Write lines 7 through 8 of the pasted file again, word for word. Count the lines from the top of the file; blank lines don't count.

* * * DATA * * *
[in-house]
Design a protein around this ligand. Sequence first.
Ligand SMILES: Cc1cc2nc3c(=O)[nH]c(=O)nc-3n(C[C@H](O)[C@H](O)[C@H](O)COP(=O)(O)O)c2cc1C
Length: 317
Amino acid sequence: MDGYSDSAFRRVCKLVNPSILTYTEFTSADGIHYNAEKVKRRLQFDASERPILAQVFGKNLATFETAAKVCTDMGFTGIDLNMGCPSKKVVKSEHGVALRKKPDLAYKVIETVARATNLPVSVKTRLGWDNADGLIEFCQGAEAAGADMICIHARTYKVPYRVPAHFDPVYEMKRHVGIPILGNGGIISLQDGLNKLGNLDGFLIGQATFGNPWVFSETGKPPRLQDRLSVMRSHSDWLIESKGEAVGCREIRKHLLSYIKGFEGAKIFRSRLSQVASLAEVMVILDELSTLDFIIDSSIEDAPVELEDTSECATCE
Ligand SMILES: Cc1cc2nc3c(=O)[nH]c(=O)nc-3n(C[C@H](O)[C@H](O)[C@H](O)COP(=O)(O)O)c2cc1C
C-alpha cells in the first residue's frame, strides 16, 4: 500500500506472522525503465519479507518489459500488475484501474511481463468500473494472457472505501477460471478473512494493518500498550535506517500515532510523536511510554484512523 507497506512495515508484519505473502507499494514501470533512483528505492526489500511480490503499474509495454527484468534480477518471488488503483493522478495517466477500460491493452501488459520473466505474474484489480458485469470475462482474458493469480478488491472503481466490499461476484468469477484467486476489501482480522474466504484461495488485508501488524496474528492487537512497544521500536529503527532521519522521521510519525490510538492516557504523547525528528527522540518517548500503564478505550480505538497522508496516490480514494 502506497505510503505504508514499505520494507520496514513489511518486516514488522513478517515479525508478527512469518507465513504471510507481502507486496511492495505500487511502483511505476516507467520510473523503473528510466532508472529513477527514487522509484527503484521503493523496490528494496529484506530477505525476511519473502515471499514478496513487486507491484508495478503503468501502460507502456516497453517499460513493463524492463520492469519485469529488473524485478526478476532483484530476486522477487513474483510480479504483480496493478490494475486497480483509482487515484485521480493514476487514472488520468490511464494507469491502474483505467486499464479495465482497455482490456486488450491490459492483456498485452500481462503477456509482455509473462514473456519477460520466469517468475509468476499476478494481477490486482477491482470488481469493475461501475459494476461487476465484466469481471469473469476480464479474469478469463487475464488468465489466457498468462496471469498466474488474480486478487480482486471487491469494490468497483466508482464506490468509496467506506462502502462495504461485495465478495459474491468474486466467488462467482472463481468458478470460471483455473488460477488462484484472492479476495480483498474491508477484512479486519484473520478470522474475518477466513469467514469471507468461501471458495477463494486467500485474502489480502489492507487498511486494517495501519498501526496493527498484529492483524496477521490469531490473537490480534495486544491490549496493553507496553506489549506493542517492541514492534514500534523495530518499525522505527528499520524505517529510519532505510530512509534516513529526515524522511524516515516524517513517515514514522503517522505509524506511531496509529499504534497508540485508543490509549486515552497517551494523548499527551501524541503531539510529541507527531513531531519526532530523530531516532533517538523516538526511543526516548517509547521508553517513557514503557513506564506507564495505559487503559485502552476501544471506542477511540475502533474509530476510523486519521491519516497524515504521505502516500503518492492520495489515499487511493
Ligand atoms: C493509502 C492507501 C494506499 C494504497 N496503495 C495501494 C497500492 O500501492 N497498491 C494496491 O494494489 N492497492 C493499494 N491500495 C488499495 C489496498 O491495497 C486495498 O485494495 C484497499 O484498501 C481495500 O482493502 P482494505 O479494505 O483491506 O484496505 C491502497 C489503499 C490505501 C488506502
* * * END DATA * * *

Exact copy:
C-alpha cells in the first residue's frame, strides 16, 4: 500500500506472522525503465519479507518489459500488475484501474511481463468500473494472457472505501477460471478473512494493518500498550535506517500515532510523536511510554484512523 507497506512495515508484519505473502507499494514501470533512483528505492526489500511480490503499474509495454527484468534480477518471488488503483493522478495517466477500460491493452501488459520473466505474474484489480458485469470475462482474458493469480478488491472503481466490499461476484468469477484467486476489501482480522474466504484461495488485508501488524496474528492487537512497544521500536529503527532521519522521521510519525490510538492516557504523547525528528527522540518517548500503564478505550480505538497522508496516490480514494 502506497505510503505504508514499505520494507520496514513489511518486516514488522513478517515479525508478527512469518507465513504471510507481502507486496511492495505500487511502483511505476516507467520510473523503473528510466532508472529513477527514487522509484527503484521503493523496490528494496529484506530477505525476511519473502515471499514478496513487486507491484508495478503503468501502460507502456516497453517499460513493463524492463520492469519485469529488473524485478526478476532483484530476486522477487513474483510480479504483480496493478490494475486497480483509482487515484485521480493514476487514472488520468490511464494507469491502474483505467486499464479495465482497455482490456486488450491490459492483456498485452500481462503477456509482455509473462514473456519477460520466469517468475509468476499476478494481477490486482477491482470488481469493475461501475459494476461487476465484466469481471469473469476480464479474469478469463487475464488468465489466457498468462496471469498466474488474480486478487480482486471487491469494490468497483466508482464506490468509496467506506462502502462495504461485495465478495459474491468474486466467488462467482472463481468458478470460471483455473488460477488462484484472492479476495480483498474491508477484512479486519484473520478470522474475518477466513469467514469471507468461501471458495477463494486467500485474502489480502489492507487498511486494517495501519498501526496493527498484529492483524496477521490469531490473537490480534495486544491490549496493553507496553506489549506493542517492541514492534514500534523495530518499525522505527528499520524505517529510519532505510530512509534516513529526515524522511524516515516524517513517515514514522503517522505509524506511531496509529499504534497508540485508543490509549486515552497517551494523548499527551501524541503531539510529541507527531513531531519526532530523530531516532533517538523516538526511543526516548517509547521508553517513557514503557513506564506507564495505559487503559485502552476501544471506542477511540475502533474509530476510523486519521491519516497524515504521505502516500503518492492520495489515499487511493
Ligand atoms: C493509502 C492507501 C494506499 C494504497 N496503495 C495501494 C497500492 O500501492 N497498491 C494496491 O494494489 N492497492 C493499494 N491500495 C488499495 C489496498 O491495497 C486495498 O485494495 C484497499 O484498501 C481495500 O482493502 P482494505 O479494505 O483491506 O484496505 C491502497 C489503499 C490505501 C488506502